Child Support

Child Support

Anytime people become parents, they are agreeing to take responsibility for their children. Part of taking responsibility is providing for children’s day-to-day needs, such as clothing, shelter and medical insurance. This core parental duty is the very reason why the child support system was created as payments are meant to give children the financial support they need to thrive.

Getting and Paying Child Support

Child support can be ordered by a Florida court as a result of a divorce or when an unmarried couple parts ways. If a couple seeking a divorce has children, the parent who takes custody of the child or children can ask for child support. A judge will determine whether or not child support should be awarded and in what amount. To do so, the judge will consider: the incomes of both parents the child’s healthcare and child care costs the standard needs of the child If a judge determines that child support is necessary, he or she will order the non-custodial parent, the parent that the child does not live with, to pay the custodial parent a set amount of money for child support purposes on a regular basis, usually monthly.

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Modifying and Enforcing Child Support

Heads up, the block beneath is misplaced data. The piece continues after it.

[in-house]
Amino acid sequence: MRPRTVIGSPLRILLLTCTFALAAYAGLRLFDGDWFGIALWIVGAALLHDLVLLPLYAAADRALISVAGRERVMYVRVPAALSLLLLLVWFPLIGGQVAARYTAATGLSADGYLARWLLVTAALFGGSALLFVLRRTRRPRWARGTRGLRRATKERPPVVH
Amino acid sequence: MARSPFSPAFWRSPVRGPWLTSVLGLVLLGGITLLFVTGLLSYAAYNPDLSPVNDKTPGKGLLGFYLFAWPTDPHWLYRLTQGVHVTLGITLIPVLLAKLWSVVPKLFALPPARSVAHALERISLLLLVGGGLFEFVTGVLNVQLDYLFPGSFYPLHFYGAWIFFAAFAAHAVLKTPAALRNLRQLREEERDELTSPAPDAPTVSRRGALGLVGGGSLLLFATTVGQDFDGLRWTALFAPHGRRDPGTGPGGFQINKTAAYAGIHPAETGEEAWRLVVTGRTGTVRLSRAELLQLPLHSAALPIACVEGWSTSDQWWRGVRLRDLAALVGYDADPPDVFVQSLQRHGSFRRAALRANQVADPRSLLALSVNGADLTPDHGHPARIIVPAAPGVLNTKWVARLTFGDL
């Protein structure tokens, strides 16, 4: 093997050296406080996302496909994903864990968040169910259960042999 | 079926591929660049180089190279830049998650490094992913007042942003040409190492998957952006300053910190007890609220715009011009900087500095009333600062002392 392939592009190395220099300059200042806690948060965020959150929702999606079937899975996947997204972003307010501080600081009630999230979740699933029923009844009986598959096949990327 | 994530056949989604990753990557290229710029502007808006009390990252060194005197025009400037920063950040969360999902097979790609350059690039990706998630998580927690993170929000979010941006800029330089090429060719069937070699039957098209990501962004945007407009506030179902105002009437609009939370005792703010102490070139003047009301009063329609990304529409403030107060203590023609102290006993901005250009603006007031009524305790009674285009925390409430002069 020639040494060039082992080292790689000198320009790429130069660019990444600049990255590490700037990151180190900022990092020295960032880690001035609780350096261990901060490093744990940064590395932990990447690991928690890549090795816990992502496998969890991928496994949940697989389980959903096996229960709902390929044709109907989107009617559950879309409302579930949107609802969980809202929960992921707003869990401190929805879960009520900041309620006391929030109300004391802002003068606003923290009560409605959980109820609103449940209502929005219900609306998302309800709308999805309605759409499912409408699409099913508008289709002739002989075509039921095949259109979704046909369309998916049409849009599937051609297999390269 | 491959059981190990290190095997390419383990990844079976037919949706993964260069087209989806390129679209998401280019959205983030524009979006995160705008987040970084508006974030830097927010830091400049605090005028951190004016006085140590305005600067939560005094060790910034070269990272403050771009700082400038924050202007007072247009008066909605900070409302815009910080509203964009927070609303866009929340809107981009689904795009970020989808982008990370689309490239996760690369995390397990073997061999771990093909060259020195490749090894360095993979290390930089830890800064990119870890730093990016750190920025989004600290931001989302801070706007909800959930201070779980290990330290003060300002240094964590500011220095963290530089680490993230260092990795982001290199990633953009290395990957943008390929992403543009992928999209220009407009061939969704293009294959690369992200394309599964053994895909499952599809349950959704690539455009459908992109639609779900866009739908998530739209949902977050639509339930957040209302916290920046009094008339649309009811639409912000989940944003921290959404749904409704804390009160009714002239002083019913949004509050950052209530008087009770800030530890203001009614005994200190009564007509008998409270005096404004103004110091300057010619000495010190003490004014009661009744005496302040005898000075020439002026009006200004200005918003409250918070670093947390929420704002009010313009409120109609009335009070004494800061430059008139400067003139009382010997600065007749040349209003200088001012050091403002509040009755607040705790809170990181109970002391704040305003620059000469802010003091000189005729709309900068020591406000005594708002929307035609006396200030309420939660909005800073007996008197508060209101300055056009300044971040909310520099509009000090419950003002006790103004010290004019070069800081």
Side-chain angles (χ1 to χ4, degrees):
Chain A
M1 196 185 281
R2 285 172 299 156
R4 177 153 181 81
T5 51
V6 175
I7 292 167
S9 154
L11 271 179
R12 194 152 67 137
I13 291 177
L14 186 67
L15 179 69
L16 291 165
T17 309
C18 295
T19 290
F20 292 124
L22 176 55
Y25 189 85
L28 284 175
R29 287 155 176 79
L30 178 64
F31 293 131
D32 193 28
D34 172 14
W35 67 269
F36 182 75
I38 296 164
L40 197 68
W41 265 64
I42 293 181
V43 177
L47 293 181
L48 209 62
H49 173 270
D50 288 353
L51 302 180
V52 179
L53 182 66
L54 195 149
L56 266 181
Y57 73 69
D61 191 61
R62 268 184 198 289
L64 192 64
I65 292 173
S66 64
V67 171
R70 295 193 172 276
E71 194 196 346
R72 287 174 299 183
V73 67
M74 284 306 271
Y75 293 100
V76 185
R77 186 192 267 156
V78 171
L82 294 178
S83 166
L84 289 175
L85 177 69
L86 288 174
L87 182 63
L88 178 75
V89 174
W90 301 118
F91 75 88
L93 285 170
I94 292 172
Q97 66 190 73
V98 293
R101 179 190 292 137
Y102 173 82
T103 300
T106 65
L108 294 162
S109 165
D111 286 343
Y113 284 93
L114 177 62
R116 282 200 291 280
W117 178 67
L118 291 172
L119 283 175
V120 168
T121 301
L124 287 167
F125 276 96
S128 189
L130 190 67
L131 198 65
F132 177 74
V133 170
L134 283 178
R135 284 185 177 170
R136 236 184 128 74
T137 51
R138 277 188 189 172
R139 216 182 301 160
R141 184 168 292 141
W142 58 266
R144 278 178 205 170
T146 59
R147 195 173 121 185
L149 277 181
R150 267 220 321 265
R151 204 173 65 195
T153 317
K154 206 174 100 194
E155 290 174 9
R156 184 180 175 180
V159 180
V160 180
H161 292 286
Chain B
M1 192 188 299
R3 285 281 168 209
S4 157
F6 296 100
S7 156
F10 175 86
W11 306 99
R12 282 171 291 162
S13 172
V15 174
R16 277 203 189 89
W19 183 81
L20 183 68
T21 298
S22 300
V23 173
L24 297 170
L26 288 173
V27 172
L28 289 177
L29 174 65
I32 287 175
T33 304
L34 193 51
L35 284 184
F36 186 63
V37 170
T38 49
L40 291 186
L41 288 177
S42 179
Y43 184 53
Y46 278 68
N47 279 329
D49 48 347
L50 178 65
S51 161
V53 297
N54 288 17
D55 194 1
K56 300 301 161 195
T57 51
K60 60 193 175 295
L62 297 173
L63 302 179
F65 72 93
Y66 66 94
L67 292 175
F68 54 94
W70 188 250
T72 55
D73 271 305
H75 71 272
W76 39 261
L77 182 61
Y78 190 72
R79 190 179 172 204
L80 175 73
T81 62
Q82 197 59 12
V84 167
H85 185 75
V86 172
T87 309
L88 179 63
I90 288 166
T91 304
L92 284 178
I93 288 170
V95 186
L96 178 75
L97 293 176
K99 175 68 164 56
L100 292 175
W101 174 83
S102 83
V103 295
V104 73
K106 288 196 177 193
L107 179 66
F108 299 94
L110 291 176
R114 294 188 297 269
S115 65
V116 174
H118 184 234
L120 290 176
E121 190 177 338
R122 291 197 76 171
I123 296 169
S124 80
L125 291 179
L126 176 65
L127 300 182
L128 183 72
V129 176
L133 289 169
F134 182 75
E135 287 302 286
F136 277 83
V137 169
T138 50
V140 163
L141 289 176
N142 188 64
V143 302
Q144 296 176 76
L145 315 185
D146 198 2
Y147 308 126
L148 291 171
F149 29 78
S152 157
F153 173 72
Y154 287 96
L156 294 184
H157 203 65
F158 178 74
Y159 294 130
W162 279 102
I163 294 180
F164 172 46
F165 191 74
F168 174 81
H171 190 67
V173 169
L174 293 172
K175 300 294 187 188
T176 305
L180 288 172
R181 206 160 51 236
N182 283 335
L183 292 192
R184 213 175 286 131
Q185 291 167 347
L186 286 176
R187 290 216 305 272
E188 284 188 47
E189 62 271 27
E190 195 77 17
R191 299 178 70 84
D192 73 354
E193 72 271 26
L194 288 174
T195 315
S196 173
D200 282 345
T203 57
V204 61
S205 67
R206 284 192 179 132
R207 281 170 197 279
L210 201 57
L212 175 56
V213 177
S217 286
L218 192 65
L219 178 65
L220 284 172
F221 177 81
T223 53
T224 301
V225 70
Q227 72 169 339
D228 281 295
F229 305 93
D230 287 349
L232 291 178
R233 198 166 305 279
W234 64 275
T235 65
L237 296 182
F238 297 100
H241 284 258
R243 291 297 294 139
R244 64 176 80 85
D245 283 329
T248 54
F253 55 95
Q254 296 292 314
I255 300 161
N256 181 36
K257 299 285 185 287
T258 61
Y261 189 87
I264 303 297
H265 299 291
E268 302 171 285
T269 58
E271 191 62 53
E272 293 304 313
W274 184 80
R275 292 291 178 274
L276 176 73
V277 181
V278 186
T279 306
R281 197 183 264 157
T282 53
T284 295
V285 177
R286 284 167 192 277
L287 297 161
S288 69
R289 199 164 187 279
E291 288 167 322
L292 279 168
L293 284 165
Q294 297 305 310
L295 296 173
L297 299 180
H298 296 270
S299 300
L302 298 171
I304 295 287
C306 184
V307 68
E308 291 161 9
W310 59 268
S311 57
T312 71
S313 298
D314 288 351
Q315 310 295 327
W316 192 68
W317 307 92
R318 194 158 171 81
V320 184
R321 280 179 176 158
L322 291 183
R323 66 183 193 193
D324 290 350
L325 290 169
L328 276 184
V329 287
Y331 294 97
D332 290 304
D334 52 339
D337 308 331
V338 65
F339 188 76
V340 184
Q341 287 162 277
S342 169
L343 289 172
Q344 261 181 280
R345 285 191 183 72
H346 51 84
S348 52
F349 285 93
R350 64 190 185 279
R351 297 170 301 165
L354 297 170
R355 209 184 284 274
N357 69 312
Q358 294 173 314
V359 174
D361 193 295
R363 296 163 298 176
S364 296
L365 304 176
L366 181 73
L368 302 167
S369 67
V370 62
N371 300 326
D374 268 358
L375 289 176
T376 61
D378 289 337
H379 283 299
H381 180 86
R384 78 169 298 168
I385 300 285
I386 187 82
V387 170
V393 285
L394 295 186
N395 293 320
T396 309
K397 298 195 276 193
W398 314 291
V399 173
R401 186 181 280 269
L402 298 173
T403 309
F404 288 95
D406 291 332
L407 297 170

A child support order can be modified if the financial situations of either parent change significantly—enough to merit a change of at least 10% in monthly child support needs. Typically, a child support order must be in place three years before it can be modified, but certain exceptions apply. Florida child support services are handled by the Florida Department of Revenue. The services offered by the Department of Revenue can be used to help you modify your support order or enforce payment of support.

The Florida Department of Revenue can take several steps to force a parent to pay their court-ordered child support, including: Notifying the parent of their overdue payments Suspending the parent’s drivers license Seizing tax refunds, lottery winnings, unemployment payments or workers compensation to pay for overdue child support Taking money directly from the parent’s bank account Having employers deduct payments directly from the parent’s paycheck Taking the parent to court In cases where overdue child support surpasses a certain amount, the non-custodial parent can actually face criminal charges. If you have questions about child support or if your ex refuses to pay you the support you are legally owed, contact our office to schedule your free consultation. Alliance Legal Group believes that all children should have the financial support they need to live happy and healthy lives. Our team of child support attorneys is here to help you with getting, modifying and enforcing payments. Call us today at (877) 560-4440!